10 July, 2017

Niclas and his daughter Melina both like to run. But even though there are many adaptive running competitions it turned out to be very hard to find adapted running group sessions. This made Niclas start Just Ordinary Running (Bara Vanlig Löpning).

What is ”Just ordinary running”? (”Bara Vanlig löpning”)?

It is a group for practicing running – where everyone is welcome to join – no matter if you have a disability or not. It doesn’t matter if you can run or walk, if you are in a wheelchair or an electric wheelchair. Everyone participates on their own terms.

Some of our runners have physical disabilities, others cognitive disabilities – but our focus is always the runner her- or himself and her/his driving force. The social part of our training is just as important as well. We want our running groups to be a social activity and a place where runners can meet new friends.

There are still way too many people with disabilities who spend most of their time together with their parents and/or their personal care assistants. To them we want to offer something more. Therefore, we also end every running session with some time to just socialize.

Melina and Niclas
Melina and Niclas

Who are welcome to join?

We adapt the trainings to every runners’ abilities, and encourage all forms of movements – no matter if you move a finger, drive a wheelchair along the 1,5 km trail or run the 3 km trail on you own.

The youngest person in our running group is 9 years old and the oldest one is 25, but we have no special age limits. Every runner brings his or her co-runner – who can give the runner the support he or she needs to practice.

How come you started this initiative?

I am a father myself to a girl with a cognitive disability and she has always loved to run. But it turned out to be very difficult for her to find running groups to practice running.

There are many big running competitions where people with disabilities are invited to run – probably since those are arranged by larger organizations and there are also seen as valuable PR activities. However, when it comes to daily running practices for people with disabilities it turned out to be very difficult to find anyhting. When I realized this I decided to start this initiative. I have also always liked to run myself so it felt like the right thing to do.

Today I also have a great co-trainer in “Just ordinary running”; Elin Jonsson who puts a lot of energy into arranging our running groups in Karlstad (Sweden).

Niclas and Elin – trainers at “Just ordinary running”
Niclas and Elin – trainers at “Just ordinary running”

What is it that you like so much about running?

Just to see how enthusiastic our runners are every time they come to practice is enough to understand how much this means to them. Many of them have the experience of “training sessions” at habilitation centers where everything focus on things they are less good at. And this has caused many of them to think of training as something very boring. We want to push our runners instead – to do more of the things they are already good at. We want to be the ones who challenge them and make them proud to achieve new goals – on their own terms!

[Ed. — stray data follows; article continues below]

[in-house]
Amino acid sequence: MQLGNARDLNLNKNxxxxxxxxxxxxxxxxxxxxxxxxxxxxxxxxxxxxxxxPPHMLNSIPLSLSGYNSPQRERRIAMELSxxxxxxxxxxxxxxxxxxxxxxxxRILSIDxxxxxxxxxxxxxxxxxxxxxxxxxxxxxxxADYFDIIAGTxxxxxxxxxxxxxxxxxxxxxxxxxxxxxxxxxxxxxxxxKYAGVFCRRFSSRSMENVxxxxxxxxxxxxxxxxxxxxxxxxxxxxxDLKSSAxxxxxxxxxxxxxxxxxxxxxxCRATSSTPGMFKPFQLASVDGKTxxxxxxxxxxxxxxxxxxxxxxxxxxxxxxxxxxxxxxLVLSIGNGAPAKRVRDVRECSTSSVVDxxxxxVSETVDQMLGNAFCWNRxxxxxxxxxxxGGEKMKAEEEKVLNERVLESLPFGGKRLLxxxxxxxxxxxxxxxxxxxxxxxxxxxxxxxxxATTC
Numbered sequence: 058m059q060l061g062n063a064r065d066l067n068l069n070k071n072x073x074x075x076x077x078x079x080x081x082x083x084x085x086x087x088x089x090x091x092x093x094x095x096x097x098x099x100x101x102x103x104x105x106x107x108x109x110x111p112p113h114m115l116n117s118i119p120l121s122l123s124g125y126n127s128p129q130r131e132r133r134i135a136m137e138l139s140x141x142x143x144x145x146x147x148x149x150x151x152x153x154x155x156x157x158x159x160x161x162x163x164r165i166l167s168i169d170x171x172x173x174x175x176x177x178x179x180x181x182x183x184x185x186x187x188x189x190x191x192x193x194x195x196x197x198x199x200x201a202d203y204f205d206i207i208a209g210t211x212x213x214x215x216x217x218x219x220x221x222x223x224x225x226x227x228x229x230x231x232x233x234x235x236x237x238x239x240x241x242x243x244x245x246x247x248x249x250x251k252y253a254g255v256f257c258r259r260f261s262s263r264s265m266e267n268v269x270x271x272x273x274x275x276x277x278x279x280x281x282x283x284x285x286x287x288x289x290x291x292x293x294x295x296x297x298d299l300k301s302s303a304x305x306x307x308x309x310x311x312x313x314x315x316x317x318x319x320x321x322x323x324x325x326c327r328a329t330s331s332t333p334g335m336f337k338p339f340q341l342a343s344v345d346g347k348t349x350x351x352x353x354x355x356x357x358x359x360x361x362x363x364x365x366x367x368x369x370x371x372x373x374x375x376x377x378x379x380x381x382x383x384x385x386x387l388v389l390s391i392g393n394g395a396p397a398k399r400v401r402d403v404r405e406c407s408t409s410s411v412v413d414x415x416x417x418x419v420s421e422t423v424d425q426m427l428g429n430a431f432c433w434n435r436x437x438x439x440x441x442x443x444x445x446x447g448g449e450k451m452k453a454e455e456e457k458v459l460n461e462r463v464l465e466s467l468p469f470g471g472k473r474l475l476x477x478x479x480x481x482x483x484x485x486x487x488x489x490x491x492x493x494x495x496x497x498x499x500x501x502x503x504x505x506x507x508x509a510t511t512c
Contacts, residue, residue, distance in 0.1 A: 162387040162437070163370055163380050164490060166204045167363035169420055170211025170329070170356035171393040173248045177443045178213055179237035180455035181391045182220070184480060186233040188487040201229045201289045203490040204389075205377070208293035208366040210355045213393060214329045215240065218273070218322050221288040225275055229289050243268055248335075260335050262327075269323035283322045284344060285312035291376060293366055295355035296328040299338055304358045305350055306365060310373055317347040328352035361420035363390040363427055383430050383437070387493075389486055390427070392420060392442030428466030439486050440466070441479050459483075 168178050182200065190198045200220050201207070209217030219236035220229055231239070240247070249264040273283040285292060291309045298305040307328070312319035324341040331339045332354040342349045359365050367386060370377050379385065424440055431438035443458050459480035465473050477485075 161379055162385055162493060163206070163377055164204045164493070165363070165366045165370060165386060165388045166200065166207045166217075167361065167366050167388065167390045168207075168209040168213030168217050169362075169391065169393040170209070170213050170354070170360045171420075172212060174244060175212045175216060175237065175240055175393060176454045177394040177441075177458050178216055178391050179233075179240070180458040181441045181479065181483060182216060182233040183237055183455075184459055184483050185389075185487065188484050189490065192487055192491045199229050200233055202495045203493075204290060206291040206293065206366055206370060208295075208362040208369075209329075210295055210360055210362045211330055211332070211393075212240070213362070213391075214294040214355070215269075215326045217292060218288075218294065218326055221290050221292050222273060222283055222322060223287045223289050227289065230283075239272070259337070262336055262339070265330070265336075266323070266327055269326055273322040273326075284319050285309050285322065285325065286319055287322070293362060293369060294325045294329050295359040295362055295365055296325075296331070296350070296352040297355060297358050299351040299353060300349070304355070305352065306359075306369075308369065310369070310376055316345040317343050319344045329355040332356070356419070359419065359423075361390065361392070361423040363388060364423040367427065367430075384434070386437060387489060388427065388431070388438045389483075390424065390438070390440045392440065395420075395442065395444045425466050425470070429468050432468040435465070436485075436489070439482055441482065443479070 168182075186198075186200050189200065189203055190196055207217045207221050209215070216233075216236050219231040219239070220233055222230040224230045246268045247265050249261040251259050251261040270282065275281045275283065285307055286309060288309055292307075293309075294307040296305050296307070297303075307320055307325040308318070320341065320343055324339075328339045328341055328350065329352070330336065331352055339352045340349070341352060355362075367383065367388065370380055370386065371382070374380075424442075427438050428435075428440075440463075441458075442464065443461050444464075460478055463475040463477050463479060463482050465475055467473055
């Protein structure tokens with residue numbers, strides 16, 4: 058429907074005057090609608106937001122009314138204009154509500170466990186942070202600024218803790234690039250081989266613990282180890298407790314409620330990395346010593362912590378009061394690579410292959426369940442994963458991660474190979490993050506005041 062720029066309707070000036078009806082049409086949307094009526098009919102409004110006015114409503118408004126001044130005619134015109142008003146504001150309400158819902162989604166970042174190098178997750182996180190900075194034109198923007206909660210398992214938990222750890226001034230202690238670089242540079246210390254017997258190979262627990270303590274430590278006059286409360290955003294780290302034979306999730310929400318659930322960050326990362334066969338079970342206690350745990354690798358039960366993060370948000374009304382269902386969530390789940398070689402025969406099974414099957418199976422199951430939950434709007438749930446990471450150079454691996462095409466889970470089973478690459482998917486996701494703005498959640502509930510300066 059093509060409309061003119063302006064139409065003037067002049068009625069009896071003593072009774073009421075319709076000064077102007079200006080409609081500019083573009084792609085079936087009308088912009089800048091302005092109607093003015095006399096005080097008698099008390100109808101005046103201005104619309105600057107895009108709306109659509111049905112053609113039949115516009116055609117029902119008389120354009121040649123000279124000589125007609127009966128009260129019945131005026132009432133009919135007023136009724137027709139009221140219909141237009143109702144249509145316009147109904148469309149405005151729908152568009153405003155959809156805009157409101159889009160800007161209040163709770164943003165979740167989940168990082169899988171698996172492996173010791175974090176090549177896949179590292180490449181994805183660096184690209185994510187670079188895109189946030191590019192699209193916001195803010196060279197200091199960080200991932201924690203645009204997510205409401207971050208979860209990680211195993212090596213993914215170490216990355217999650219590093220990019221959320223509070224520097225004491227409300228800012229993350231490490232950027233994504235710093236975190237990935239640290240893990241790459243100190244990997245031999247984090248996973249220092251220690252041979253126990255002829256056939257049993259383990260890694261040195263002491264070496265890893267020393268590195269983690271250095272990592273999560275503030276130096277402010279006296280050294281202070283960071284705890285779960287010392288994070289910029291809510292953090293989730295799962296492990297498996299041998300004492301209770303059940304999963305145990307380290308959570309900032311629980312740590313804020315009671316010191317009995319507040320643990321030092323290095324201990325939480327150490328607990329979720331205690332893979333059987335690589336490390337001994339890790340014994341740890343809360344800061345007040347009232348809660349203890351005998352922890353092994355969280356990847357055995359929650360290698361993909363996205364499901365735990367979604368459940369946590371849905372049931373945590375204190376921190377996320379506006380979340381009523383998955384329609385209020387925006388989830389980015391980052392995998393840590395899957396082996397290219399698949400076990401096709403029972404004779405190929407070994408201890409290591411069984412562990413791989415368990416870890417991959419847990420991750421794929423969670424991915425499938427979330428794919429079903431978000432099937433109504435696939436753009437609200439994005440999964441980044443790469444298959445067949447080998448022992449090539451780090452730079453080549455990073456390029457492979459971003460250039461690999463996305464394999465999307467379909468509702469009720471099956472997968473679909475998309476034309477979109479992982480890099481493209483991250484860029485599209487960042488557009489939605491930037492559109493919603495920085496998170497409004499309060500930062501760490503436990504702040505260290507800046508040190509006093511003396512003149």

We also want our runners to grow – and involve them in different ways. Like to take lead and run a warm up session for the whole group for example. To see possibilities and not difficulties is something that is really important to us.

Where do you have running groups today?

Right now we have one running group in Nacka, Stockholm (Sweden) and one in Karlstad (Sweden), but we have the ambitions to expand into other cities in Sweden as well and are already planning on starting up new groups.

Working out at training
Working out at training

Running is just one part of what you do together with ”just ordinary” (Bara vanlig) – what more do you do?

I have worked as a personal care assistant both for my own daughter and for different companies, and in 2015 I felt the need to do more. I wanted to engage in questions around attitudes and services in relation to disabilities and to educate and inspire others. I started to give lectures about my experiences from the personal care assistance – both as a parent and as an employee. Today I hold lectures about attitudes, leadership and health/CSR perspectives in relation to disability matters.

I have also started a podcast together with Emelie Wernberg (26 years old, and who has a personal care assistant herself due to being born with spina bifida) and Elin Jonsson (23 years old who works as a personal care assistant). We are all very engaged in personal care assistance in different ways, but we hardly never agree since we all have different experiences and different perspectives. In our podcast we want to share this more nuanced view – and we believe it is more interesting for the listener when we also share our different views. The podcast will be available in September.

Niclas, Emelie and Elin have recently started a new podcast.
Niclas, Emelie and Elin have recently started a new podcast.

What advice would you like to share with other parents?

That it is really important to get time to be just you as well. In my case – not to be only a dad and/or an assistant but to be just Niclas as well. To run, listen to rock music and drink beer for example. Of course it is not always easy to find the time for this, but I believe that it is really important to try to not become too over protective and give up yourself totally. This is something we speak about in the podcast as well!

Melina and Niclas
Melina and Niclas

Read more about “Bara Vanlig” on their web page and follow “Bara Vanlig” on Facebook or Instagram.

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